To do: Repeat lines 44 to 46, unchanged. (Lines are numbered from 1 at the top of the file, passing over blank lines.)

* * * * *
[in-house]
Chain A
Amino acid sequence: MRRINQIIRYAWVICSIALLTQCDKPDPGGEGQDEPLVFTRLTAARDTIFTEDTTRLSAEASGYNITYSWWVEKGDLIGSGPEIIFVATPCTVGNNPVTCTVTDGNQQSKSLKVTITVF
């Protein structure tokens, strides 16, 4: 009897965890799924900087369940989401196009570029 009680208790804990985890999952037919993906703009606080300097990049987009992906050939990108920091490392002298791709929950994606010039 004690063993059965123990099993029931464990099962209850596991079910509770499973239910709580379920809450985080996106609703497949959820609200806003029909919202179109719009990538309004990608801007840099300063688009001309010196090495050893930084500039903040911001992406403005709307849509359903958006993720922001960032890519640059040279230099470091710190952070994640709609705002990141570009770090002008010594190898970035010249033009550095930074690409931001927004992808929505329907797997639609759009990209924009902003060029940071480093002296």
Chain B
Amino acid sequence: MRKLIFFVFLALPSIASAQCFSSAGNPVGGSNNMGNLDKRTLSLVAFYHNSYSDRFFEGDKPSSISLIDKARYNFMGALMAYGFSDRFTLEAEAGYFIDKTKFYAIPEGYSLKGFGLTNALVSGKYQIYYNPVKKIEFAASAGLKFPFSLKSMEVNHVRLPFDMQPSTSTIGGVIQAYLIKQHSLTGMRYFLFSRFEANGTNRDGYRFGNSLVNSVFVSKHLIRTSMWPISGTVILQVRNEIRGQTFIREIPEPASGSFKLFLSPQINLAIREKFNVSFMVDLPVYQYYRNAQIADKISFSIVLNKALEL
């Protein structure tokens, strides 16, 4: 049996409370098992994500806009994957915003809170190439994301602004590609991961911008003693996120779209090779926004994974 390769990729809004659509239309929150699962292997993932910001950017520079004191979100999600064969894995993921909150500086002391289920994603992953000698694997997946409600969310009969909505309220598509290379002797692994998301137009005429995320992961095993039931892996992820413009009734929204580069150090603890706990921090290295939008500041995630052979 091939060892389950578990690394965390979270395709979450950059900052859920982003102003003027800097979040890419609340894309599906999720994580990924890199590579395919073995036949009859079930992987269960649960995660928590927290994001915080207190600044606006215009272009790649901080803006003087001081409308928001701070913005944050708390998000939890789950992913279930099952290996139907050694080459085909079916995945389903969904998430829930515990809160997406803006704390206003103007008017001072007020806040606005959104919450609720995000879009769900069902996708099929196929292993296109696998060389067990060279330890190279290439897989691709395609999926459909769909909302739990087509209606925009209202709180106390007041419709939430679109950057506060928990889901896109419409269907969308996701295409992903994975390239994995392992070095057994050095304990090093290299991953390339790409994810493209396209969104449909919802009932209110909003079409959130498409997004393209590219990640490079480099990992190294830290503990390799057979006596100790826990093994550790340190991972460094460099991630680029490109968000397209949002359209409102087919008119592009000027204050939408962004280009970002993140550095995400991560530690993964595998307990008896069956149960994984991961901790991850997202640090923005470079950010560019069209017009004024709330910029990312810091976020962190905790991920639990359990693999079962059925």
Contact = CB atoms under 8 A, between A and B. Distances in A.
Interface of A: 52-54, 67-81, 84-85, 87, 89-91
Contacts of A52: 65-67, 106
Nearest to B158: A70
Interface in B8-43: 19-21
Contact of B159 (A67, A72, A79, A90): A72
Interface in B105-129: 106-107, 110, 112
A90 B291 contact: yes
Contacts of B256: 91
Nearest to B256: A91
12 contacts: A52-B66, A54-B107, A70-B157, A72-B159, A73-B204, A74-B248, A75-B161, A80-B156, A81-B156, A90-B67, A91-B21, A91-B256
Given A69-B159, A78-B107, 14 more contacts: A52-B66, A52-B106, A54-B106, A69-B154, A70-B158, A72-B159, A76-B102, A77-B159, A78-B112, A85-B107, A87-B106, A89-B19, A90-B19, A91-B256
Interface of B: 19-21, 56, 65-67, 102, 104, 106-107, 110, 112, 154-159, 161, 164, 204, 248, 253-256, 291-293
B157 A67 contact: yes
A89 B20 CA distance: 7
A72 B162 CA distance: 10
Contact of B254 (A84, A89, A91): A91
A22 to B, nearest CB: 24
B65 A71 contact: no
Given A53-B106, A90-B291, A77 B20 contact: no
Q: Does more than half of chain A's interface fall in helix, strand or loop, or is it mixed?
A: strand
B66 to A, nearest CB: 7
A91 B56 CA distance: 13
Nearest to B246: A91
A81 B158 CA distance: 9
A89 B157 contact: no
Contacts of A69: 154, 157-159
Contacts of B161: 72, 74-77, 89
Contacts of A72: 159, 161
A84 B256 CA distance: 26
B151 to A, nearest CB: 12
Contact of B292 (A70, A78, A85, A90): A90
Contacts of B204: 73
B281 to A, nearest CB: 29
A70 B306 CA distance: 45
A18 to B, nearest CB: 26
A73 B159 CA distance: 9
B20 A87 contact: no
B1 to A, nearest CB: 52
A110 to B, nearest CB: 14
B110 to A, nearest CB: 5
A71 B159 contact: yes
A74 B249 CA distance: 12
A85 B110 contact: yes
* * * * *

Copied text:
A18 to B, nearest CB: 26
A73 B159 CA distance: 9
B20 A87 contact: no